50 Signs of Mental IllnessA Beautiful MindA Beautiful MindA Bright Red ScreamA Casebook of Ethical Challenges in NeuropsychologyA Corner Of The UniverseA Lethal InheritanceA Mood ApartA Research Agenda for DSM-VA Slant of SunA War of NervesAbnormal Psychology in ContextADD-Friendly Ways to Organize Your LifeAddiction Recovery ToolsAdvance Directives in Mental HealthAggression and Antisocial Behavior in Children and AdolescentsAl-JununAlmost a PsychopathAlterations of ConsciousnessAm I Okay?American ManiaAmerican Psychiatric Publishing Textbook of Neuropsychiatry and Clinical NeurosciencesAn American ObsessionAngelheadAnger, Madness, and the DaimonicAnthology of a Crazy LadyApproaching NeverlandAs Nature Made HimAsylumAttention-Deficit Hyperactivity DisorderAttention-Deficit/Hyperactivity DisorderBeing Mentally Ill: A Sociological Theory Betrayal TraumaBetrayed as BoysBetter Than ProzacBetter Than WellBeyond AppearanceBeyond ReasonBinge No MoreBiological UnhappinessBipolar DisorderBipolar DisorderBipolar Disorder DemystifiedBlack-eyed SuzieBlaming the BrainBleeding to Ease the PainBluebirdBlueprints Clinical Cases in PsychiatryBody Image, Eating Disorders, and ObesityBorderline Personality DisorderBrain Circuitry and Signaling in PsychiatryBrave New BrainBreakdown of WillBrief Adolescent Therapy Homework PlannerBrief Child Therapy Homework PlannerBrief Therapy Homework PlannerCalm EnergyCassandra's DaughterCaught in the NetChild and Adolescent Treatment for Social Work PracticeChildren Changed by TraumaChronic Fatigue Syndrome (The Facts)Clinical Handbook of Psychological DisordersClinical Manual of Women's Mental HealthCognitive Theories of Mental IllnessCommonsense RebellionCommunity and In-Home Behavioral Health TreatmentComprehending SuicideConcise Guide to Child and Adolescent PsychiatryConquering Post-Traumatic Stress DisorderConscience and ConvenienceConsciousnessConsole and ClassifyContesting PsychiatryCoping With TraumaCopshockCrazy for YouCrazy in AmericaCrazy Like UsCreating HysteriaCritical PsychiatryCruel CompassionCultural Assessment in Clinical PsychiatryCulture and Mental HealthCulture and Psychiatric DiagnosisCultures of NeurastheniaDaddy's GirlsDante's CureDarwinian PsychiatryDaughter of the Queen of ShebaDaughters of MadnessDeinstitutionalization And People With Intellectual DisabilitiesDelivered from DistractionDepression In Later LifeDepression SourcebookDepression-Free for LifeDescriptions and PrescriptionsDestructive Trends in Mental HealthDevil in the DetailsDiagnosis: SchizophreniaDiagnostic and Statistical Manual of Mental Disorders DSM-IV-TRDirty Filthy Love DVDDisorders Of DesireDisrupted LivesDissociative ChildrenDivided MindsDr. Andrew Weil's Guide to Optimum HealthDr. Weisinger's Anger Work-Out BookDSM-IV SourcebookDSM-IV-TR CasebookDSM-IV-TR in ActionDSM-IV-TR Mental DisordersE-TherapyEccentricsElectroshockEmergencies in Mental Health PracticeEmergency PsychiatryEmotional and Behavioral Problems of Young ChildrenEmotions and LifeEmpowering People with Severe Mental IllnessEssential PsychopharmacologyEssentials of Cas AssessmentEssentials of Wais-III AssessmentEthics and Values in PsychotherapyEthics in Mental Health ResearchEthics in Psychiatric ResearchEthics, Culture, and PsychiatryEverything In Its PlaceFamily Experiences With Mental IllnessFatigue as a Window to the BrainFear of IntimacyFinding Iris ChangFinding Meaning in the Experience of DementiaFlorid StatesFolie a DeuxFor the Love of ItForensic Nursing and Multidisciplinary Care of the Mentally Disordered OffenderFountain HouseFrom Madness to Mental HealthFrom Trauma to TransformationGandhi's WayGender and Its Effects on PsychopathologyGender and Mental HealthGenes, Environment, and PsychopathologyGetting Your Life BackGracefully InsaneGrieving Mental IllnessHandbook of AttachmentHandbook of DepressionHandbook of Self and IdentityHealing the SplitHerbs for the MindHidden SelvesHigh RiskHope and DespairHow Clients Make Therapy WorkHow People ChangeHow to Become a SchizophrenicHow We Think About DementiaHughes' Outline of Modern PsychiatryHumanizing MadnessHysterical MenHystoriesI Hate You-Don't Leave MeI Never Promised You a Rose GardenI Thought I Could FlyI'm CrazyImagining RobertImpulse Control DisordersIn Others' EyesIn Two MindsInsanityIntegrated Behavioral Health CareIntegrative MedicineIntegrative Mental Health CareIntuitionJust CheckingKarl JaspersKissing DoorknobsKundalini Yoga Meditation for Complex Psychiatric DisordersLaw and the BrainLaw, Liberty, and PsychiatryLegal and Ethical Aspects of HealthcareLiberatory PsychiatryLife at the BottomLife at the Texas State Lunatic Asylum, 1857-1997Life Is Not a Game of PerfectLithium for MedeaLiving Outside Mental IllnessLiving with AnxietyLiving With SchizophreniaLiving with SchizophreniaLiving Without Depression and Manic DepressionLost in the MirrorLove's ExecutionerLoving Someone With Bipolar DisorderMad in AmericaMad TravelersMad, Bad and SadMadhouseMadnessMadness at HomeMadness in Buenos AiresManaged Care ContractingMandated Reporting of Suspected Child AbuseManic Depression and CreativityMary BarnesMasters of the MindMeasuring PsychopathologyMedia MadnessMedicine As MinistryMelancholy And the Care of the SoulMemory, Brain, and BeliefMental HealthMental Health At The CrossroadsMental Health Issues in Lesbian, Gay, Bisexual, and Transgender Communities Mental Health MattersMental Health Policy in BritainMental Health Policy in BritainMental Health Professionals, Minorities and the PoorMental IllnessMental Illness and Your TownMental Illness, Medicine and LawMental SlaveryMindfulness in Plain EnglishModels of MadnessMothers Who Kill Their ChildrenMozart's Brain and the Fighter PilotMultifamily Groups in the Treatment of Severe Psychiatric DisordersMuses, Madmen, and ProphetsMyths of ChildhoodNapkin NotesNeural MisfireNew Hope For People With Bipolar DisorderNight Falls FastNo Enemies WithinNolaNormalNot CrazyNovember of the SoulOf Two MindsOn Being Normal and Other DisordersOn Our Own, TogetherOn The Stigma Of Mental IllnessOrigins of Human NatureOut of Its MindOut of the ShadowsOvercoming Compulsive HoardingPathologies of BeliefPathways through PainPersonal Recovery and Mental IllnessPersonality Disorder: Temperament or Trauma?Pillar of SaltPoints of ViewPoppy ShakespearePosttraumatic Stress DisorderPsychiatric Cultures ComparedPsychiatric Diagnosis and ClassificationPsychiatric Genetics and GenomicsPsychiatric Illness in WomenPsychiatrists and Traditional HealersPsychiatryPsychiatry and ReligionPsychiatry in SocietyPsychological Dimensions of the SelfPsychology and the MediaPsychopathia SexualisPsychopathologyPsychopathyPsychotic DepressionQuitting the Nairobi TrioRaising a Moody ChildRapid Cognitive TherapyRebuilding Shattered LivesReclaiming Soul in Health CareReclaiming the SoulRecollection, Testimony, and Lying in Early ChildhoodRecovery from SchizophreniaRecovery in Mental IllnessRedressing the EmperorRelational Mental HealthRemembering TraumaRepressed SpacesResearch Advances in Genetics and GenomicsRestricted AccessRethinking the DSMReviving OpheliaRewarding Specialties for Mental Health CliniciansSaints, Scholars, and Schizophrenics: Mental Illness in Rural IrelandSchizophreniaSchizophrenia RevealedSchizophrenia: A Scientific Delusion?Self-Determination Theory in the ClinicShunnedShynessSigns of SafetySilencing the VoicesSlackjawSocial Cognition and SchizophreniaSocial Inclusion of People with Mental IllnessSoul Murder RevisitedSounds from the Bell JarSpeaking Our MindsSpontaneous HealingStop PretendingStraight Talk about Psychological Testing for KidsStranger Than FictionStreet CrazyStudy Guide to the DSM-IV-TRSurviving Manic DepressionSurviving SchizophreniaSurviving SchizophreniaTaking Charge of ADHD, Revised EditionTaking the Fear Out of ChangingTalking Back to PsychiatryTarnationTeen LoveTelling Is Risky BusinessTelling SecretsThe Age of InsanityThe American Psychiatric Press Textbook of PsychiatryThe American Psychiatric Publishing Textbook Of Child And Adolescent PsychiatryThe Anger WorkbookThe Anorexic SelfThe Behavioral Medicine Treatment PlannerThe Betty Ford Center Book of AnswersThe Bipolar ChildThe Bipolar Disorder Survival GuideThe Body in PsychotherapyThe Borderline Personality Disorder Survival GuideThe Broken MirrorThe Burden of SympathyThe Cambridge Medical Ethics WorkbookThe Case for Pragmatic PsychologyThe Center Cannot HoldThe Chemical Dependence Treatment Documentation SourcebookThe Chemical Dependence Treatment PlannerThe Child and Adolescent Psychotherapy Treatment PlannerThe Clinical Child Documentation SourcebookThe Clinical Documentation SourcebookThe Complete Adult Psychotherapy Treatment PlannerThe Condition of MadnessThe Construction of Power and Authority in PsychiatryThe Couples Psychotherapy Treatment PlannerThe Criminal BrainThe Cultural Context of Health, Illness, and MedicineThe Day the Voices StoppedThe Death of PsychotherapyThe Depression WorkbookThe Difficult-to-Treat Psychiatric PatientThe Early Stages of SchizophreniaThe Employee Assistance Treatment PlannerThe Employee Assistance Treatment PlannerThe Epidemiology of SchizophreniaThe Essential Family Guide to Borderline Personality DisorderThe Essentials of New York Mental Health LawThe Ethical WayThe Evolution of Mental Health LawThe Explosive ChildThe Fall Of An IconThe Fasting GirlThe Forensic Documentation SourcebookThe Forgotten MournersThe Gift of Adult ADDThe Good EaterThe Green ParrotThe Healing Power of PetsThe Heart of AddictionThe Heroic ClientThe Insanity OffenseThe Invisible PlagueThe Last Time I Wore a DressThe Limits of Autobiography The LobotomistThe Madness of Our LivesThe Mark of ShameThe Meaning of AddictionThe Meaning of MindThe Medical AdvisorThe Mind/Mood Pill BookThe Most Solitary of AfflictionsThe Mozart EffectThe Naked Lady Who Stood on Her HeadThe Older Adult Psychotherapy Treatment PlannerThe OutsiderThe Pastoral Counseling Treatment PlannerThe PDR Family Guide to Natural Medicines & Healing TherapiesThe Places That Scare YouThe Plural SelfThe Problem of EvilThe Psychology of Religion and CopingThe Quiet RoomThe Real World Guide to Psychotherapy PracticeThe Right to Refuse Mental Health TreatmentThe Rise of Mental Health NursingThe Roots of the Recovery Movement in PsychiatryThe Savage GirlThe Self-Help SourcebookThe Talking CureThe Trick Is to Keep BreathingThe Unwell BrainThe Virtuous PsychiatristThe Way of TransitionThe Wing of MadnessThe Wisdom in FeelingTheoretical Evolutions in Person-Centered/Experiential TherapyTherapy's DelusionsTheraScribe 3.0 for WindowsThis is Madness TooThoughts Without a ThinkerThrough the Looking GlassTo Have Or To Be?Toxic PsychiatryTransforming MadnessTraumaTraumatic PastsTraumatic Relationships and Serious Mental DisordersTreating Affect PhobiaTreating Chronic and Severe Mental DisordersTreating Self-InjuryTreatment and Rehabilitation of Severe Mental IllnessTreatment Plans and Interventions for Depression and Anxiety DisordersTwinsUnderstanding and Treating Violent Psychiatric PatientsUnderstanding Child MolestersUnderstanding DepressionUnderstanding ParanoiaUnderstanding the Stigma of Mental IllnessUnderstanding Treatment Without ConsentUnholy MadnessUnspeakable Truths and Happy EndingsUsers and Abusers of PsychiatryViolence and Mental DisorderVoices of MadnessVoices of RecoveryVulnerability to PsychopathologyWarning: Psychiatry Can Be Hazardous to Your Mental HealthWashing My Life AwayWhen History Is a NightmareWhen Someone You Love Is BipolarWhen the Body SpeaksWhen Walls Become DoorwaysWitchcrazeWomen and Borderline Personality DisorderWomen and Mental IllnessWomen Who Hurt ThemselvesWomen's Mental HealthWrestling with the AngelYou Must Be DreamingYour Drug May Be Your ProblemYour Miracle Brain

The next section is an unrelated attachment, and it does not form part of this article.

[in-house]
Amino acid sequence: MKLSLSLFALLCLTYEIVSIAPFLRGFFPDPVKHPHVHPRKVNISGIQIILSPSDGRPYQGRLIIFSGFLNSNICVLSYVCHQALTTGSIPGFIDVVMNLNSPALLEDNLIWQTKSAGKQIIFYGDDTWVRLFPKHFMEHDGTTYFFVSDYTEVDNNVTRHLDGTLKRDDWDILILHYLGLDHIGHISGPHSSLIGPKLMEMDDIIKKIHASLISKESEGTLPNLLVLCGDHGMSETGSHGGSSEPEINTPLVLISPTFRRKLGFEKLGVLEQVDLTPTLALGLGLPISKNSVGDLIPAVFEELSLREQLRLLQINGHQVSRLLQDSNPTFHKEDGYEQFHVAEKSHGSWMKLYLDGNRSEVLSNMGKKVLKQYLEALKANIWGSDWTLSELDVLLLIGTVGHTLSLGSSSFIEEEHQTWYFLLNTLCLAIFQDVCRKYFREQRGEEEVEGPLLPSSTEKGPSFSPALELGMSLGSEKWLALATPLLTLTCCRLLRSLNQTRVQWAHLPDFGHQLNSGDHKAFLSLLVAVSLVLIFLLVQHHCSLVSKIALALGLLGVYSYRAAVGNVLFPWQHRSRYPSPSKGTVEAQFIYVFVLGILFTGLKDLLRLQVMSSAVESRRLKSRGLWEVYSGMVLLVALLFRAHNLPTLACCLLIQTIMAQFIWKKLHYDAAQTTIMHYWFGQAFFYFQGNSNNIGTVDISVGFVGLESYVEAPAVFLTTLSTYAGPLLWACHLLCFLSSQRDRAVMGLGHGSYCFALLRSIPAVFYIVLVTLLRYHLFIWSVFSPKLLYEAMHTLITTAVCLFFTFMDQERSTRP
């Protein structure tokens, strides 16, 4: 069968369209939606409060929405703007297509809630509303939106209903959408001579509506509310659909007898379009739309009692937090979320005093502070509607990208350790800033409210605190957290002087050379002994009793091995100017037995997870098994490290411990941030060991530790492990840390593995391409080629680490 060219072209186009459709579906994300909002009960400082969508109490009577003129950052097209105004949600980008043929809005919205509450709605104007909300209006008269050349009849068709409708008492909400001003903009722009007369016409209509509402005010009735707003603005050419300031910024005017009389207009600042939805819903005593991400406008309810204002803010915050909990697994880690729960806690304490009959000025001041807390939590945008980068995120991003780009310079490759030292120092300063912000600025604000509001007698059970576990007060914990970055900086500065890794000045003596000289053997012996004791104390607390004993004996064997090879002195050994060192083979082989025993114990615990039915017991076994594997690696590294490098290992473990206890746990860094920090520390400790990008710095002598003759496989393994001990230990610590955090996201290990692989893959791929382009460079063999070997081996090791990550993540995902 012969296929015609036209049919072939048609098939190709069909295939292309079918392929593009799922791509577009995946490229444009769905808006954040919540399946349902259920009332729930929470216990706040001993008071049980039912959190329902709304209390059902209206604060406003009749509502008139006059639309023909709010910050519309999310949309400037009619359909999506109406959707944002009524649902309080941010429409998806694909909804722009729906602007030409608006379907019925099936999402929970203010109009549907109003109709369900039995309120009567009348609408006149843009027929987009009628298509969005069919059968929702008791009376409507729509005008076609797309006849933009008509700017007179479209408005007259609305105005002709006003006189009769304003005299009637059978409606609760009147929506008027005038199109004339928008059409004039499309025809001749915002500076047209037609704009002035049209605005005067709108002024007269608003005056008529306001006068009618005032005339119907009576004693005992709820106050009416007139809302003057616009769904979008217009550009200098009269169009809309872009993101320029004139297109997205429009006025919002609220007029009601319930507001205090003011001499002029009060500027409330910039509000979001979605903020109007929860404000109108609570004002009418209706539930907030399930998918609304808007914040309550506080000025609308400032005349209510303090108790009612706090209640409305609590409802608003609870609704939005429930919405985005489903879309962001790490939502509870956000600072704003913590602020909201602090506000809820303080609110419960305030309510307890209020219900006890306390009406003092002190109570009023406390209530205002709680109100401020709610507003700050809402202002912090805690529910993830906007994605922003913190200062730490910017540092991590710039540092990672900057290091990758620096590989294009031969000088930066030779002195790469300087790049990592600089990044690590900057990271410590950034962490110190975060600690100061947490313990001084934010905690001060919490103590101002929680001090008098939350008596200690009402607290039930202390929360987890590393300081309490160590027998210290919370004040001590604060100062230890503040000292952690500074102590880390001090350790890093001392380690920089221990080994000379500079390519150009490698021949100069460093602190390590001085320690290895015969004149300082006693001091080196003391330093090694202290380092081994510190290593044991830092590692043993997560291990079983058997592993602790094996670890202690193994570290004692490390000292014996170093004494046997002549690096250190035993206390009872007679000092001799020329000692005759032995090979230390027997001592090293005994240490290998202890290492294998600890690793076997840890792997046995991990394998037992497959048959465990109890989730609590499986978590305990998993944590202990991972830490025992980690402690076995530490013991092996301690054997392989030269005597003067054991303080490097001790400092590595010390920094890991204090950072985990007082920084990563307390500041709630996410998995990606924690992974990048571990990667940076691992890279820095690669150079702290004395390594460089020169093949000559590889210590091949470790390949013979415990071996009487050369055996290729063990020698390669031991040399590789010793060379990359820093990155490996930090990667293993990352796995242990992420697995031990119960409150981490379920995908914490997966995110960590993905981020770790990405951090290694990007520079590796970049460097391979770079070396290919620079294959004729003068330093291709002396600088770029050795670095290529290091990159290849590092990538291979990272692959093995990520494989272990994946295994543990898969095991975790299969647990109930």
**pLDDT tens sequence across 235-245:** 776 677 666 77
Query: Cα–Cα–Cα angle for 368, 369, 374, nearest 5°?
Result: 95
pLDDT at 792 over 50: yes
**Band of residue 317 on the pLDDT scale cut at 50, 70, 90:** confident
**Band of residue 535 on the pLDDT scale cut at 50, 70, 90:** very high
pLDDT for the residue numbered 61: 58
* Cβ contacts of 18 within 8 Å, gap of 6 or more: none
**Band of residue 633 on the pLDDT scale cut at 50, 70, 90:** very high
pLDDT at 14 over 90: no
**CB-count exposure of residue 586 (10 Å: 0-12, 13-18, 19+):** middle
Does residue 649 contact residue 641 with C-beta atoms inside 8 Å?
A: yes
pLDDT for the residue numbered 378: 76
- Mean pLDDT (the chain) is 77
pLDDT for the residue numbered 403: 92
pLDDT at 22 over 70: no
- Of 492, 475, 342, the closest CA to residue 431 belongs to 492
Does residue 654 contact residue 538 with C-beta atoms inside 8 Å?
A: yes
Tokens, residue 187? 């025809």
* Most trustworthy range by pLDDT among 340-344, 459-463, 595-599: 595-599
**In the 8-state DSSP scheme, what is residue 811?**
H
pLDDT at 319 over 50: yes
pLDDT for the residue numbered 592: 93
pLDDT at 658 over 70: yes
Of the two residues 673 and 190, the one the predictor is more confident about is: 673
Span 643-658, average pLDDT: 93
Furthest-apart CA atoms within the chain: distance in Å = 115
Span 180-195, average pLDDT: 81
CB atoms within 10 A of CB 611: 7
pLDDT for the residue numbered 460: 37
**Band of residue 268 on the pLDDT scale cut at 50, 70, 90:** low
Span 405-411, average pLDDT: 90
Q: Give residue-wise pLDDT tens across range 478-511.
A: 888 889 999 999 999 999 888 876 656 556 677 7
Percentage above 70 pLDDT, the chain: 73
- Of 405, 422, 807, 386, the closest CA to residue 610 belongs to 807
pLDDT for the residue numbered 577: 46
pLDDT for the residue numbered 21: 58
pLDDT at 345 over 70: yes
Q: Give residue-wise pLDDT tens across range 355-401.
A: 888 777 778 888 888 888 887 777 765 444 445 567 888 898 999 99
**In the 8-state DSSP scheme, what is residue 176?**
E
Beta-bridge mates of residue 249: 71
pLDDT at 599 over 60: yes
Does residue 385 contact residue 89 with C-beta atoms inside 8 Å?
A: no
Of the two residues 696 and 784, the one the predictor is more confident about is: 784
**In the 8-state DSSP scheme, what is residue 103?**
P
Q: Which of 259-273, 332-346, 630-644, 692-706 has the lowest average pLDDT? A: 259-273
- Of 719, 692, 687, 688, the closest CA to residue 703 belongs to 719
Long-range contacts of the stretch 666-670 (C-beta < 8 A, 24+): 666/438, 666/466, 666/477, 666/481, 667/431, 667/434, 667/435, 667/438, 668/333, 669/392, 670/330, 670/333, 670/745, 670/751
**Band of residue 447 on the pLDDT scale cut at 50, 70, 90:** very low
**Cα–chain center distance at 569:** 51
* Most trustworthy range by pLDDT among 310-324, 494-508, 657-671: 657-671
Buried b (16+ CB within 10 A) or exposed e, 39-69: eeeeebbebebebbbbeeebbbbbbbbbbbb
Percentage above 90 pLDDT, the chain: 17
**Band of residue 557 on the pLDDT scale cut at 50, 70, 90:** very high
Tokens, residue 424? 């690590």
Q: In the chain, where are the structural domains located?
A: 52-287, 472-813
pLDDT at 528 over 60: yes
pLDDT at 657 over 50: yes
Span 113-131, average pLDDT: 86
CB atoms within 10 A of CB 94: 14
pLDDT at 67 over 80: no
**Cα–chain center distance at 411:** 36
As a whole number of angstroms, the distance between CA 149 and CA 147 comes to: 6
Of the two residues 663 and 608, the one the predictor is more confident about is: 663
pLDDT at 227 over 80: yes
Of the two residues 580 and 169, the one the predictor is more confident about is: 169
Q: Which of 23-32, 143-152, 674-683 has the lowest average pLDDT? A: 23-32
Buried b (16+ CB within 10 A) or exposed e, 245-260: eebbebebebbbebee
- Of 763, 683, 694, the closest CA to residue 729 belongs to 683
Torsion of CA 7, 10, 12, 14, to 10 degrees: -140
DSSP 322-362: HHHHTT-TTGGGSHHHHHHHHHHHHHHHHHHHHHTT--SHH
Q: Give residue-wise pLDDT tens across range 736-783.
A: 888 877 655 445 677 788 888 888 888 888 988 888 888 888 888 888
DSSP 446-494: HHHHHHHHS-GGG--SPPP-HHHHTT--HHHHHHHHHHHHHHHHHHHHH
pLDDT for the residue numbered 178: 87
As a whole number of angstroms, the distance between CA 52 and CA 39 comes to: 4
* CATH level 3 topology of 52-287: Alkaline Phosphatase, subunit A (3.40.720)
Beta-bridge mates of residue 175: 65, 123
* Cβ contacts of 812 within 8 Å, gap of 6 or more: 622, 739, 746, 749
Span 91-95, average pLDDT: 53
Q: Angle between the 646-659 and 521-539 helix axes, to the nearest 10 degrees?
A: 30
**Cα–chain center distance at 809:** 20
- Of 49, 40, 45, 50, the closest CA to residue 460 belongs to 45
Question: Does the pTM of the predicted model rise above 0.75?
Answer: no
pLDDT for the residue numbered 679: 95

Related Topics